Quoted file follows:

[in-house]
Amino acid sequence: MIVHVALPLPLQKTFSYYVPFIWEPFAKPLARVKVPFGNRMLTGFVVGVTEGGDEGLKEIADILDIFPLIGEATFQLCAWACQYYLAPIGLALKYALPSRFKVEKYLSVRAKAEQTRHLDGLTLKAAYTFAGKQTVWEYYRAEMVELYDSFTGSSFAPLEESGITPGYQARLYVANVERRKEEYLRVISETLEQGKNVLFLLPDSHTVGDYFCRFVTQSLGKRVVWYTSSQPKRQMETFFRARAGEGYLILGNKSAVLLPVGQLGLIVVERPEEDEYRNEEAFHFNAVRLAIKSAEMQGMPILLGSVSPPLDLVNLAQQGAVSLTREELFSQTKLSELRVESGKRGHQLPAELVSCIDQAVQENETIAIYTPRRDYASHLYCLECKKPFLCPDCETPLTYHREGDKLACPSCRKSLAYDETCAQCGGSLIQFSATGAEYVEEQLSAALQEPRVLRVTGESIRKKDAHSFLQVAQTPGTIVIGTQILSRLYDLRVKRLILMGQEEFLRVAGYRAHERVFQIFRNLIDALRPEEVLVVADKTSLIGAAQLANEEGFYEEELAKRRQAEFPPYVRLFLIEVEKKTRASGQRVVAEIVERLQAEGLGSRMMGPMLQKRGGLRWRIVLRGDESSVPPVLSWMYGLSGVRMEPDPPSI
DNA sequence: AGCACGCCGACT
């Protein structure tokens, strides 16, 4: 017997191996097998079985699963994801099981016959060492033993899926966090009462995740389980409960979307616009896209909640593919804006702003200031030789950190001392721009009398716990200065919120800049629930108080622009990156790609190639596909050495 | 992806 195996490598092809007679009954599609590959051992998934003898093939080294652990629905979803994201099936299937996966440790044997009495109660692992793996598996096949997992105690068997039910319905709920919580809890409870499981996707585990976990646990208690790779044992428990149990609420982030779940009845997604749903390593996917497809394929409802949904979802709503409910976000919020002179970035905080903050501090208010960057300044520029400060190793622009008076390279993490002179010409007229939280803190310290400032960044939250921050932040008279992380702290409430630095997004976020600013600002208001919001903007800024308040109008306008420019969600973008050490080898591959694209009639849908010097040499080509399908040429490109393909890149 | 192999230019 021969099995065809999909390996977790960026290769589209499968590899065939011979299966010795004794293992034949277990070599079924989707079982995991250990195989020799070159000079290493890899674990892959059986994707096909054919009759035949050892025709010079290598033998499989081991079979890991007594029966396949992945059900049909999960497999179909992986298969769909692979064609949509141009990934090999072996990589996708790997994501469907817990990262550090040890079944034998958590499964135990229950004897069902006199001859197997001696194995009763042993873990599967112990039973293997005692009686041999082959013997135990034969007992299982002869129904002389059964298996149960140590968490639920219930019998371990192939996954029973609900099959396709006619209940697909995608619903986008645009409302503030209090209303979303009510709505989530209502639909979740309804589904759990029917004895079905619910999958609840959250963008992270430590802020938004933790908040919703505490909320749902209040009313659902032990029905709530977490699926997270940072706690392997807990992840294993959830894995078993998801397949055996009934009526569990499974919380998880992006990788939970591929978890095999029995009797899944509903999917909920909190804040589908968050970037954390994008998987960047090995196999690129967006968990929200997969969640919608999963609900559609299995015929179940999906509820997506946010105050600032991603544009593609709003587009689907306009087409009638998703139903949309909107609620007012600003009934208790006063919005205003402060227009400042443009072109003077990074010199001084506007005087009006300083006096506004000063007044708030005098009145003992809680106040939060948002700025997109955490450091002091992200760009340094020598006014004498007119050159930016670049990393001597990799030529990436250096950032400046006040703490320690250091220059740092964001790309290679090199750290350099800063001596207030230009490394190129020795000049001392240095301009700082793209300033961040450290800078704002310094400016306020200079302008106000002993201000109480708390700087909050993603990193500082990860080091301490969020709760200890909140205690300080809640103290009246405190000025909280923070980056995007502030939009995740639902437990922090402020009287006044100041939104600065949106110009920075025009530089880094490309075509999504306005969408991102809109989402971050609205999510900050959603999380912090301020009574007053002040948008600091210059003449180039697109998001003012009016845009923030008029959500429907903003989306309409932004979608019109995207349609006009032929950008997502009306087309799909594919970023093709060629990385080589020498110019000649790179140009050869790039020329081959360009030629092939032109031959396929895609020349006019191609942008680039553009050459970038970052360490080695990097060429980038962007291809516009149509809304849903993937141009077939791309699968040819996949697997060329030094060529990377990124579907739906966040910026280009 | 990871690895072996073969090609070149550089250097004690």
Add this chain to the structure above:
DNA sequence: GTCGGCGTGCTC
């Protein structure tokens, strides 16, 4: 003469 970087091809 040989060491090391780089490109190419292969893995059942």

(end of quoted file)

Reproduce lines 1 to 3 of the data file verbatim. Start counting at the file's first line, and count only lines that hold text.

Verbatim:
[in-house]
Amino acid sequence: MIVHVALPLPLQKTFSYYVPFIWEPFAKPLARVKVPFGNRMLTGFVVGVTEGGDEGLKEIADILDIFPLIGEATFQLCAWACQYYLAPIGLALKYALPSRFKVEKYLSVRAKAEQTRHLDGLTLKAAYTFAGKQTVWEYYRAEMVELYDSFTGSSFAPLEESGITPGYQARLYVANVERRKEEYLRVISETLEQGKNVLFLLPDSHTVGDYFCRFVTQSLGKRVVWYTSSQPKRQMETFFRARAGEGYLILGNKSAVLLPVGQLGLIVVERPEEDEYRNEEAFHFNAVRLAIKSAEMQGMPILLGSVSPPLDLVNLAQQGAVSLTREELFSQTKLSELRVESGKRGHQLPAELVSCIDQAVQENETIAIYTPRRDYASHLYCLECKKPFLCPDCETPLTYHREGDKLACPSCRKSLAYDETCAQCGGSLIQFSATGAEYVEEQLSAALQEPRVLRVTGESIRKKDAHSFLQVAQTPGTIVIGTQILSRLYDLRVKRLILMGQEEFLRVAGYRAHERVFQIFRNLIDALRPEEVLVVADKTSLIGAAQLANEEGFYEEELAKRRQAEFPPYVRLFLIEVEKKTRASGQRVVAEIVERLQAEGLGSRMMGPMLQKRGGLRWRIVLRGDESSVPPVLSWMYGLSGVRMEPDPPSI
DNA sequence: AGCACGCCGACT